LEDs use the light emission properties of specific semiconductor materials. Initially they were expensive to produce so they found their market mainly in commercial use. Now improved technology and economies of scale have seen prices fall, making them increasingly attractive to the public and private sector, including domestic consumers.
LEDs have often been described as the light source of the future, as they can be used in almost any kind of applications.
Safer and more attractive
The need to be more energy-efficient and cut public expenditures has led a great number of cities around the world to turn to LEDs not only for street lighting, but also as a solution for upgrading roads, official buildings, schools and monuments. In doing so, they combine the practical and aesthetic benefits offered by LED fixtures.
In the industrial and commercial environments, LED lighting solutions are now found widely in shops or sports arenas. They also make a big difference in parking structures where they provide daylight-like illumination 24 hours a day.
LED lighting solutions make cities, buildings and any type of infrastructure more attractive and, above all, safer for everyone.
With the emergence of LED technology, lights have become an integral part of the car design, allowing automakers to create their own very distinctive signature look, identifiable at all times.
And with prices going down, LEDs have made their way into the homes of millions of people.
LEDs have many advantages over more traditional light sources, such as incandescent or compact fluorescent lamp (CFL), including:
- low energy consumption
- long lifetime
- robustness, i.e. reduced cost of maintenance and replacement
- easy control
- fast switching
IECQ Scheme for LED Lighting
The IECQ Scheme for LED Lighting, under the umbrella of the generic IECQ Approved Component (AC) Scheme, offers a valuable qualification and supply chain management tool that provides for the identification and verification of compliance with component and process specifications.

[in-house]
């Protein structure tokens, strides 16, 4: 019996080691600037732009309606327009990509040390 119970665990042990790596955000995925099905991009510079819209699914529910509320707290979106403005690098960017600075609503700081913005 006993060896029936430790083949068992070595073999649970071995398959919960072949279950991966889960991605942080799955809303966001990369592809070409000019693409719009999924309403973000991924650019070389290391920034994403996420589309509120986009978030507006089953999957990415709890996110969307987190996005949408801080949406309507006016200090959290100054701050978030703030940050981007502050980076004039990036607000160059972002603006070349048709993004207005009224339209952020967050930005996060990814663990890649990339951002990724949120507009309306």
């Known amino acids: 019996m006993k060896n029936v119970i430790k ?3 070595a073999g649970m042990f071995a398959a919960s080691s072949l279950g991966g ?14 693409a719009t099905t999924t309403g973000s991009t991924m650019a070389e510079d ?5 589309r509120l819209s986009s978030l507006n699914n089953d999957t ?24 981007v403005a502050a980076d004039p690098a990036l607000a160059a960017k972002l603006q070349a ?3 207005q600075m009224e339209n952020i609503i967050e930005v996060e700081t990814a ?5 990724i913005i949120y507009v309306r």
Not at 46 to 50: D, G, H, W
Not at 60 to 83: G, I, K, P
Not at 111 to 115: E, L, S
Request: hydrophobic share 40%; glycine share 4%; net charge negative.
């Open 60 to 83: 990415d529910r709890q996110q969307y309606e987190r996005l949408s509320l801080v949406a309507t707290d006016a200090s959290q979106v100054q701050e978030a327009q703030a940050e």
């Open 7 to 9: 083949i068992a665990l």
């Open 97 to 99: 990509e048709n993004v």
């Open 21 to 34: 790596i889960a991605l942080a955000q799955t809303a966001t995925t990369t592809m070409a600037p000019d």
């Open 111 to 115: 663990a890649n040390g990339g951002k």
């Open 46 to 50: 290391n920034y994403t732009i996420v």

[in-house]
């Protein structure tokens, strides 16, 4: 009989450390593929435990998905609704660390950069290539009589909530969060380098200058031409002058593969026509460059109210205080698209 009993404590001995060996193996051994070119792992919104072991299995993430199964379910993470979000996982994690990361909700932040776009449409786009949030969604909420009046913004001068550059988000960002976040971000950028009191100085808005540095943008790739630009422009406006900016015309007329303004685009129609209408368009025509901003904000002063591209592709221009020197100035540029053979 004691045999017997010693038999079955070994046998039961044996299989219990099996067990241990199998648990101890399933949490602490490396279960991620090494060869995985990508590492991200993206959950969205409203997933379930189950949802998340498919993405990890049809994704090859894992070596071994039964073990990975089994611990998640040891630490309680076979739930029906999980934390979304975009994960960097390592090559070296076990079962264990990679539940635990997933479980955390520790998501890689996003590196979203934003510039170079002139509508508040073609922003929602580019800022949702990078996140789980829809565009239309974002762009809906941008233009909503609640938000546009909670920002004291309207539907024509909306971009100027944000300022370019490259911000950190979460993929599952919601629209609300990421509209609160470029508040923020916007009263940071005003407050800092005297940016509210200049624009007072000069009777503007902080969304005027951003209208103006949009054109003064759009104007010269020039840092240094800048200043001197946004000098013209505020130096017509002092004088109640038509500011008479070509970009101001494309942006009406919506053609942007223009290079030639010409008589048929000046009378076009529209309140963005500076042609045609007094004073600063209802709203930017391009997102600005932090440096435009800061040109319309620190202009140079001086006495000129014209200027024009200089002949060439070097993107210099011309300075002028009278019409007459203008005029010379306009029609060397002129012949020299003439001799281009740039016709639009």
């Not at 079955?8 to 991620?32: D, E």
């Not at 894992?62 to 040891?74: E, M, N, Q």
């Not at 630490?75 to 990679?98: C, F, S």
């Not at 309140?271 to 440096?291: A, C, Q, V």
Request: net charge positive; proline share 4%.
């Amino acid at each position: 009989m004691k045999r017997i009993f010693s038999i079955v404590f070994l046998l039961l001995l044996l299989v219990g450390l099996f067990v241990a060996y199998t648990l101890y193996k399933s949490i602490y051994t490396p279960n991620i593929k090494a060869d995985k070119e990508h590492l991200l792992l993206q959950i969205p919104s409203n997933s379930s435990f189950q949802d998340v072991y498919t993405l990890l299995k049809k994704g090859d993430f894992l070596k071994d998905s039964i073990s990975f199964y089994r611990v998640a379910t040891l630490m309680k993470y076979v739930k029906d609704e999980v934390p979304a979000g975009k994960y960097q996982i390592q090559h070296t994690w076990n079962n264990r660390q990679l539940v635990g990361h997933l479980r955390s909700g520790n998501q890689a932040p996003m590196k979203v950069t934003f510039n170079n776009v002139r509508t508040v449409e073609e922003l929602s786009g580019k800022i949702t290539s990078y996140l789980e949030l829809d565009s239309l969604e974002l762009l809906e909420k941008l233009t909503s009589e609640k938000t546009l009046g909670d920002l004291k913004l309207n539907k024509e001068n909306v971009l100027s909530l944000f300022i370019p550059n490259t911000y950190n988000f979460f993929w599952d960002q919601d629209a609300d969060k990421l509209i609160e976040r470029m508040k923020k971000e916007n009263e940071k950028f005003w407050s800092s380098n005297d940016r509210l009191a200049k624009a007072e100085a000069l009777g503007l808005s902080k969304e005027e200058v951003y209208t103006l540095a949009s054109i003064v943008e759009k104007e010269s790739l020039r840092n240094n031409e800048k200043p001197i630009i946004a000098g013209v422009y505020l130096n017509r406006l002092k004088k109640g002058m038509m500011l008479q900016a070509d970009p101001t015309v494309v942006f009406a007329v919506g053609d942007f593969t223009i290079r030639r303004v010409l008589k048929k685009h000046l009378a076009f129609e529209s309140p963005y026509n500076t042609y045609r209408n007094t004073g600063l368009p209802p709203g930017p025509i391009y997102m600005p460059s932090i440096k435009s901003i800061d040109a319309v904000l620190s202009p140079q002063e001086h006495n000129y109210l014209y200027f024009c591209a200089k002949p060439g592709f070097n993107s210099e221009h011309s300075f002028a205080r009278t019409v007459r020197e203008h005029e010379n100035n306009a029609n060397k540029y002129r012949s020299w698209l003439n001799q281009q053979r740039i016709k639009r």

In line with the approved scope of IECQ, the IEC Quality Assessment System for Electronic Components, the IECQ Scheme for LED Lighting can be applied to certify manufacturers and suppliers of electronic components, modules and assemblies used in the production of LED packages, engines, lamps, luminaires and associated LED ballasts/drivers.
First certificate issued
In September 2016, IECQ issued the first certificate under its IECQ Scheme for LED Lighting to APT Electronics Co. Ltd. The company was founded in 2006 in Nansha, a district of the city of Guangzhou, in the Guangdong province of China, where it has built manufacturing as well as research and development plants. APT, which has developed and mass produced high-power (HP) LED chips and devices, has received many awards over the years, including the Hong Kong Technological Achievement award in 2011 and the Semi China Industry Award in 2012. In the high-technology area, APT has become a successful model of cooperation among enterprises, universities and research institutes.
The fact that a very short time – two years – elapsed between the launch of the LED Initiative in autumn 2014, which led to the establishment of the IECQ Scheme for LED Lighting a year later, and the issuing of the first certificate is truly amazing. It was made possible because IECQ already had all the mechanisms in place under the umbrella of the IECQ AC Scheme.
Since the demand for a Scheme that specifically addresses LED technologies came from industry, there is no doubt that the certificate delivered to APT is the first in a long series.
More information on IECQ and its Schemes: www.iecq.org